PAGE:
J. Crew has been in the news a fair amount lately, and not for great reasons. Like many other mid-market retailers, J Crew has felt the sting of declining sales and an increasingly uninterested customer base. It felt like the company could do no wrong six or seven years ago, but not much has gone right for them in recent seasons. Their prices are getting high, but their products can’t compete with luxury goods; their sales are deep, but still not as cheap as fast fashion stores. It’s a tough time to be in the middle, and J. Crew hasn’t made it easy on themselves.
And of course, I’ve had my own problems with the brand – most notably, their resistance to get with the times and stop with the skinny everything. I’ve been complaining loudly about their skinny lapels and collars since 2013, as it felt dated even back then. The Ludlow line of tailored clothing seemed to suffer from this in particular – the company’s flagship suit and jacket pattern had the makings of a great entry-level suit, but was stubbornly stuck with meager lapels that made them hard to get excited about. I bought my first and last Ludlow jacket in 2011.
In the time since then the company has released new versions of their suiting that inched closer to resolving this, but the overall aesthetic has continued to stand firmly in the “2010 preppy hipster” style that helped them become a popular menswear retailer almost 10 years ago. J. Crew is still my go-to for chinos and the occasional piece of outerwear, but I’d stopped looking at their tailored clothing years ago.
Suddenly, though, the game has changed. J. Crew just released a new Ludlow jacket with a 3.5″ lapel (here are the matching pants, and here’s a slate blue jacket with pants), a full inch larger than what the classic Ludlow sports. J. Crew calls these “wide lapel” jackets, but I think a better term would be “perfectly normal, just not scrawny” (nothing wrong with being a little wider than everyone else, amirite?). Semantics aside, I think this is a huge step in the right direction, so I went to check out the new jackets in person.
Aside from the updated lapels, it’s pretty much the same Ludlow we’ve all become familiar with – moderately padded shoulder, classically-positioned button stance, Italian fabrics, nipped waist and trim chest, etc. I take a 36R in this and in Suitsupply, so take that into account when checking out the size of the lapel, as it will appear bigger here than on a larger size jacket. Although it’s a relatively small change, I think it’s huge in terms of wearability – this is now a jacket I could wear without feeling like I was trying to be cool in 2010.The lapel notch sits right on the collarbone, and the lapel is wide enough to have a bit of a roll. The proportions are much more classic and mature. This is a jacket that you could wear in a professional setting and look the part. It’s exciting to see J. Crew dip their toes into being a more viable alternative to competitors like Suitsupply and Brooks Brothers, who have been much more popular mid-market places to get tailored clothing.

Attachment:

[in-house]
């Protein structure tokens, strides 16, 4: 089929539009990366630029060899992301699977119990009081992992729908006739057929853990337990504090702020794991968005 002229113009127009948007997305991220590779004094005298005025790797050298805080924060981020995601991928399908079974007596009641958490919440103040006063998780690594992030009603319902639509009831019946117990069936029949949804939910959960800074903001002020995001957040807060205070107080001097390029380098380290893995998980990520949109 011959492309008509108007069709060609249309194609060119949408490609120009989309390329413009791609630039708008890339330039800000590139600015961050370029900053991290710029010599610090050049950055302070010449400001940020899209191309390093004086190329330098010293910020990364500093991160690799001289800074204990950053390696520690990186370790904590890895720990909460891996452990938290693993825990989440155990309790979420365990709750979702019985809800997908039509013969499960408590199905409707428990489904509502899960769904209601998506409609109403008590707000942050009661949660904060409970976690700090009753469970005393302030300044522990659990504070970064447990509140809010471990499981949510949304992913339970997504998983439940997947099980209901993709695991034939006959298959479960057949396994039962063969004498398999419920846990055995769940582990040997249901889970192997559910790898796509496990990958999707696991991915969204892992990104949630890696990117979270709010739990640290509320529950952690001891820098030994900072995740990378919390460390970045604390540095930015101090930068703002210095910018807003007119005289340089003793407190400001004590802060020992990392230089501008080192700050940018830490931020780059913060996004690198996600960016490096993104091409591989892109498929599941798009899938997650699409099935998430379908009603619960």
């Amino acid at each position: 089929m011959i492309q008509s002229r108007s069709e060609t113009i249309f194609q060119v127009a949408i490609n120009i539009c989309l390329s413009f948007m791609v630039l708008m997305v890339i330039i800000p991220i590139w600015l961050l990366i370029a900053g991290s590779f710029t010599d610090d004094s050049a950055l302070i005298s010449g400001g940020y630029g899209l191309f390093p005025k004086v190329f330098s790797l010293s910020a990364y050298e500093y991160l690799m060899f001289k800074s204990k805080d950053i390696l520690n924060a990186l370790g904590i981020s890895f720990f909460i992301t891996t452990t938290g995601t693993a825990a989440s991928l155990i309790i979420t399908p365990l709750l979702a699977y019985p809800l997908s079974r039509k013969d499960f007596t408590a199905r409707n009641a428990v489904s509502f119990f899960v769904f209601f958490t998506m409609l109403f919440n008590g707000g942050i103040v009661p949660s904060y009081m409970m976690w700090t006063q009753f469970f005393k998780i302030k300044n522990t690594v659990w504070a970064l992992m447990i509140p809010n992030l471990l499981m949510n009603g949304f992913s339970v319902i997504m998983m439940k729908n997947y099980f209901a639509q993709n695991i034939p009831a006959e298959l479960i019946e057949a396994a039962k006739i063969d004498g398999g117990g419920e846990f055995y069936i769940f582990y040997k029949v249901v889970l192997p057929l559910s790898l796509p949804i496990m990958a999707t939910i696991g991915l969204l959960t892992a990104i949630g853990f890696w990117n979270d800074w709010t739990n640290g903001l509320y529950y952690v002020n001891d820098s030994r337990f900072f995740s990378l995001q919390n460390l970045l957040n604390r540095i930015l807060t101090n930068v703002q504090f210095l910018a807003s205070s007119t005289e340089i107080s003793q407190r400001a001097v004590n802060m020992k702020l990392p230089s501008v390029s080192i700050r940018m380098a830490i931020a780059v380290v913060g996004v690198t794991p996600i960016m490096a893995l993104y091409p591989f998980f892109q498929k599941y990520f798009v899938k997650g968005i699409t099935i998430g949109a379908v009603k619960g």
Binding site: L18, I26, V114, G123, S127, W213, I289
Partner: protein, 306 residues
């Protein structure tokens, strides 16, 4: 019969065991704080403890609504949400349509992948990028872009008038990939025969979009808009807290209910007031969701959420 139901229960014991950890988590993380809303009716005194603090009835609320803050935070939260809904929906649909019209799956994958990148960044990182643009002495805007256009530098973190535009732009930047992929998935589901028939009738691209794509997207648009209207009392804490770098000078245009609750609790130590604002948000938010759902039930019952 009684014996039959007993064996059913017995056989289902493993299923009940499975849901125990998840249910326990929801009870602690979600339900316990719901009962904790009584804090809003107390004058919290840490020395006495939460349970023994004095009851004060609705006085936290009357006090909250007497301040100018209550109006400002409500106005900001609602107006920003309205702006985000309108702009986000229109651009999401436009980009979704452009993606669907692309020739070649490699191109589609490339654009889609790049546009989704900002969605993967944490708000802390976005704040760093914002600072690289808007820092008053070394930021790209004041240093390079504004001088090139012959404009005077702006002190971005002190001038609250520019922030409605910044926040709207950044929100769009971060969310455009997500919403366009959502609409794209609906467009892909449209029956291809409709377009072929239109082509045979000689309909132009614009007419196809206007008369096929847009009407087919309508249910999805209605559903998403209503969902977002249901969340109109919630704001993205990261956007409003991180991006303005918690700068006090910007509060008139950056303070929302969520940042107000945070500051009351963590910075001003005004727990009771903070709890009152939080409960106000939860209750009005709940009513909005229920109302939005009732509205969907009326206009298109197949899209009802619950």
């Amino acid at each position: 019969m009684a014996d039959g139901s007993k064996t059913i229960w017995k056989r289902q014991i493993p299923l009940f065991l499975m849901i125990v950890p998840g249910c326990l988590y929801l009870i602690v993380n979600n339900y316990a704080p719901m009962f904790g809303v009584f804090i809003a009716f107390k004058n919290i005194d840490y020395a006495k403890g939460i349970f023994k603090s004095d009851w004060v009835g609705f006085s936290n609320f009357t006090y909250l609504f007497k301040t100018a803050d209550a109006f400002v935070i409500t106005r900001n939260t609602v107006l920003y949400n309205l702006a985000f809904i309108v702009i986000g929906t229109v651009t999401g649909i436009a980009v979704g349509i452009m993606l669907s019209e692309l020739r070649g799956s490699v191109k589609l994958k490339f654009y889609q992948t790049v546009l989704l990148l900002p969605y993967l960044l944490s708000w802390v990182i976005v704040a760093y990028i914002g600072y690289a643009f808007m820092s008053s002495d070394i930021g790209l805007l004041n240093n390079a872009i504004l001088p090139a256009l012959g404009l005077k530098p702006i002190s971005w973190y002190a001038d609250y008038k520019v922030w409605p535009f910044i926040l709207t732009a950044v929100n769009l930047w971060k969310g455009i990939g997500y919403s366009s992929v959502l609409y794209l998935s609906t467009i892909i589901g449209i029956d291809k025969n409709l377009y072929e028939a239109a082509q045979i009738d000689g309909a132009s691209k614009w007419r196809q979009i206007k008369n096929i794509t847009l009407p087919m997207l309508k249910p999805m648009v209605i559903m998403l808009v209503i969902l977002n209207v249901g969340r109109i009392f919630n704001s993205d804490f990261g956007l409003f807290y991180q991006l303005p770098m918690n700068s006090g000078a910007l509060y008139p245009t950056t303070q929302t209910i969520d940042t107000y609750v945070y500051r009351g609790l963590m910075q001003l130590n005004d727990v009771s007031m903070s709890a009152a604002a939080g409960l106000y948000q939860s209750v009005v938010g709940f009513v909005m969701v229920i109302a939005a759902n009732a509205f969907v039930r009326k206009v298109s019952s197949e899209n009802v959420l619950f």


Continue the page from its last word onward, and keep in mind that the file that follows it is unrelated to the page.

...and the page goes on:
Speaking of Suitsupply (my favorite place for an entry level suit), how does this stack up as an alternative? Well, the jacket is currently $425 and with pants it’s $650. Most Suitsupply jackets are $400-500 with full suits running $400-700ish (and they have much more than two options, of course). So Suitsupply has a slight edge on price and a big edge in style options, but also consider this:
- The Ludlow has non-functioning sleeve buttons, making sleeve alterations not terrible.
- With J. Crew you can buy jacket and pants separately, which gives more size configurations.
- J. Crew stores are more common, making in-person try-ons easier.
- The lower button stance will be flattering on more body shapes.
- J. Crew has constant sales, meaning it’s only a matter of time until these are 30%+ off.
At the time of writing, Suitsupply has a huge leg up in terms of available SKUs, but it will be interesting to see if this changes. Will this be the Ludlow of the future, the pattern for all jackets in a season? Will shirt collars and ties grow to match? Or will these wither away in next season’s sale section, never to be seen again? It’s far too early to say, but I’m excited to see this ray of good news from a company that’s had a couple of rough years. Here’s hoping it’s a sign of what’s to come.